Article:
Swedish Pastor Beats "Hate Crime" Rap
pauldiamond at btconnect.com
Fri Dec 2 02:57:23 PST 2005
A pattern is developing; there are now three major cases in Europe: one in
The Netherlands, 'Hammond' in the United Kingdom and 'Green' in Sweden.
The pattern is thus:-
1. This law is introduced as necessary to protect 'selected' groups from
phobic 'gangs' and there are effective legal safeguards.
2. All 3 cases in Europe have involved Christian preachers or politicians;
all individuals of good character and law abiding. Both Mr. Hammond and Mr.
Green were elderly citizens.
3. All three classified homosexuality as a 'sin', but were Biblical (if
crude), but with no incitement to violence or 'fighting words'.
4. All 3 faced the full force of the law (without mercy) with the usual
moralising. The States in question rarely take any measures against the
disgraceful anti-Semitic rhetoric and anti- homosexual rhetoric arising from
other religious communities. Anti-American racism appears to be encouraged
by the political elites.
5. It is simply an overt attempt to weaken Judeo Christian morality for a
new social order.
----- Original Message -----
From: "James Maule" <Maule at law.villanova.edu>
To: <religionlaw at lists.ucla.edu>
Sent: Tuesday, November 29, 2005 9:49 PM
Subject: Re: Swedish Pastor Beats "Hate Crime" Rap
> "But beating the drum of hate leads to disasters....."
> But what does beating the drum of love, civility, tolerance, patience
> and kindness do?
> Hard to tell, as however much happens doesn't seem to get as much
> Maybe an "equal time for love" legislation?
> It's not that hate speech is per se bad. In fact, it helps unmask those
> who hate. It's when hate speech crowds out other speech that the
> disasters begin to fester.
> Better to light a candle than to curse the darkness. Better to hear all
> sides than to drive the noise underground.
> Jim Maule
> Villanova University School of Law
>>>> stevenjamar at gmail.com 11/29/2005 3:55:59 PM >>>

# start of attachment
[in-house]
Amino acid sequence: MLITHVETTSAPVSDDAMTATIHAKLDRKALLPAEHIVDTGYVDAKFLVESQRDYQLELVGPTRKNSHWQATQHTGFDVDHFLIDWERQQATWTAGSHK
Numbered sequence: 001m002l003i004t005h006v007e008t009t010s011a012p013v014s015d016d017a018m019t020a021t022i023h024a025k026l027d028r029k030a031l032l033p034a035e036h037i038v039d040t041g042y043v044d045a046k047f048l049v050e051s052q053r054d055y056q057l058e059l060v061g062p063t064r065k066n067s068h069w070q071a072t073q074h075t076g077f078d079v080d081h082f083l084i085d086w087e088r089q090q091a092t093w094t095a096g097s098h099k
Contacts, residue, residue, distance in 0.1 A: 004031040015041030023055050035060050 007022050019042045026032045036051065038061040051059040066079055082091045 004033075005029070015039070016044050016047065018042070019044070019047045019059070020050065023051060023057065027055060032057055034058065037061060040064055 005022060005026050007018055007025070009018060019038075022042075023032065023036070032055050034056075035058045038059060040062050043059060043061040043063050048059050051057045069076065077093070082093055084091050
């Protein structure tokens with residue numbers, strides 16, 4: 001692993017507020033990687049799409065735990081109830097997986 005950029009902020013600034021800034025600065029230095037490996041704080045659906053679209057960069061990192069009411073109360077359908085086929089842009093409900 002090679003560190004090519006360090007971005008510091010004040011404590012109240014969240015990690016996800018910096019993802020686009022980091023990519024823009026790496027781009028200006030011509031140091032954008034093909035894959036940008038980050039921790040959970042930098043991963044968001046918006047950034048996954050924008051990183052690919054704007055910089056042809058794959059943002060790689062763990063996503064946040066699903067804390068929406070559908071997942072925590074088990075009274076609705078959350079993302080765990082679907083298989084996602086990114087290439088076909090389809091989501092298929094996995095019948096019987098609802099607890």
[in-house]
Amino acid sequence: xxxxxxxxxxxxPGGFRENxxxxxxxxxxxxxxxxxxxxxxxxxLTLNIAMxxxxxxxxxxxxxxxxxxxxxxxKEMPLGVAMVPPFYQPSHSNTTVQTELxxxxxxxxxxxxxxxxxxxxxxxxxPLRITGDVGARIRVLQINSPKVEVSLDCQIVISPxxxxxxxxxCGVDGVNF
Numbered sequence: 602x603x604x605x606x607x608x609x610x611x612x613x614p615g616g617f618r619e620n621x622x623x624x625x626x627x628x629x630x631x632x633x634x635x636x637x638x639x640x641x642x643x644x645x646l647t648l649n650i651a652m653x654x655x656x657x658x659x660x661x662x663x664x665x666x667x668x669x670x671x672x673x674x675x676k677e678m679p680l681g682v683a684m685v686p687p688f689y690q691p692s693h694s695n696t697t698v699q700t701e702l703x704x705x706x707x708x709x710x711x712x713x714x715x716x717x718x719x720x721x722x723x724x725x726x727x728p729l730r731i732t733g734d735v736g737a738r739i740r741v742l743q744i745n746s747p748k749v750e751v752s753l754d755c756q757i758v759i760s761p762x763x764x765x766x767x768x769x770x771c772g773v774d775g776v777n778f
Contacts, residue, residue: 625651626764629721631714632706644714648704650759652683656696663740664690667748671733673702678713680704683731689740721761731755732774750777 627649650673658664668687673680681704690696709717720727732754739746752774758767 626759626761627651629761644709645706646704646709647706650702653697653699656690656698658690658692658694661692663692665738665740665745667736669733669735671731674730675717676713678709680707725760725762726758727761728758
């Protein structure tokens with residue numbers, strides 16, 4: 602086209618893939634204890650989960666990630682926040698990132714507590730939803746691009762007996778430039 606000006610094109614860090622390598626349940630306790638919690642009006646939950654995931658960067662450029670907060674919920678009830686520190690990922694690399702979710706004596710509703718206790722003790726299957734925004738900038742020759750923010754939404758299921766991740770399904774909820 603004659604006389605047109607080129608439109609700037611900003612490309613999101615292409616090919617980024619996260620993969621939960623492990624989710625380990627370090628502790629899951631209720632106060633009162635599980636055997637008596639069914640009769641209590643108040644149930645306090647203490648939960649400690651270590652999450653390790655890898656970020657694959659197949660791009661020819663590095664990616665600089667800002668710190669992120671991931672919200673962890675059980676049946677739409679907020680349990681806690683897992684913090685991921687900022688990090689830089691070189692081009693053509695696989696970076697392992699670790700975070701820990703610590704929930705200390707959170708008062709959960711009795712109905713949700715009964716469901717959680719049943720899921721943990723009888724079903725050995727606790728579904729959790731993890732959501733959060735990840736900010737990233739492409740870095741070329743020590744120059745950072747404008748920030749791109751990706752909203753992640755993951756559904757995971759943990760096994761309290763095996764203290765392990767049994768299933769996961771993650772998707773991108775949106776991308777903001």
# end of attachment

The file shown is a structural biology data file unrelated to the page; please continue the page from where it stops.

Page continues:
> Hate speech should be able to be regulated. The problem is finding
> the right standards and distinguishing between what is to be
> permitted and what banned. We should be able to enforce some minimal
> standards of public decency in our discourse.
> But, I have such little confidence in people in power to exercise
> judgment and restraint that I fear the treatment may well be worse
> than the disease. When the President and Vice-President can call all
> dissenters unpatriotic and cowards and seek to silence them by many
> means fair and foul, and when we can torture and abuse prisoners,
> then I fear that the value of hate speech regulation may well be
> outweighed by its benefits.
> But beating the drum of hate leads to disasters such as Nazi Germany,
> Rwanda, and the Balkans and crimes against those on the margins
> already and so having some legal means to limit it is appealing.
> The decision in Sweden shows that there are limits to such laws, as
> there ought to be.
> On Nov 29, 2005, at 3:42 PM, Ed Brayton wrote:
>> Rick Duncan wrote:
>>> This just in from ADF:
>>> In a unanimous 5-0 decision, Sweden's Supreme Court today
>>> acquitted a pastor of a "hate crime" for presenting the biblical
>>> view of homosexual behavior in a sermon.
>> Well I certainly hope that we can all, regardless of our religious
>> views or opinions about homosexuality, cheer that decision. You
>> will find no stronger advocate of gay rights than yours truly, but
>> give me freedom above all else, including the freedom to disagree
>> with me. Indeed, one cannot coherently argue for gay rights
>> without also supporting the right to speak out against
>> homosexuality, whether that is in the US, in Sweden as in this
>> particular case, or in Canada with the Stephen Boissoin case
>> (another minister up on charges for writing an anti-gay letter to a
>> Ed Brayton
>> To post, send message to Religionlaw at lists.ucla.edu
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> Prof. Steven D. Jamar vox: 202-806-8017
> Howard University School of Law fax: 202-806-8567
> 2900 Van Ness Street NW mailto:stevenjamar at gmail.com
> Washington, DC 20008 http://www.law.howard.edu/faculty/pages/jamar/
> "It is by education I learn to do by choice, what other men do by the
> constraint of fear."
> To post, send message to Religionlaw at lists.ucla.edu
> To subscribe, unsubscribe, change options, or get password, see
> Please note that messages sent to this large list cannot be viewed as
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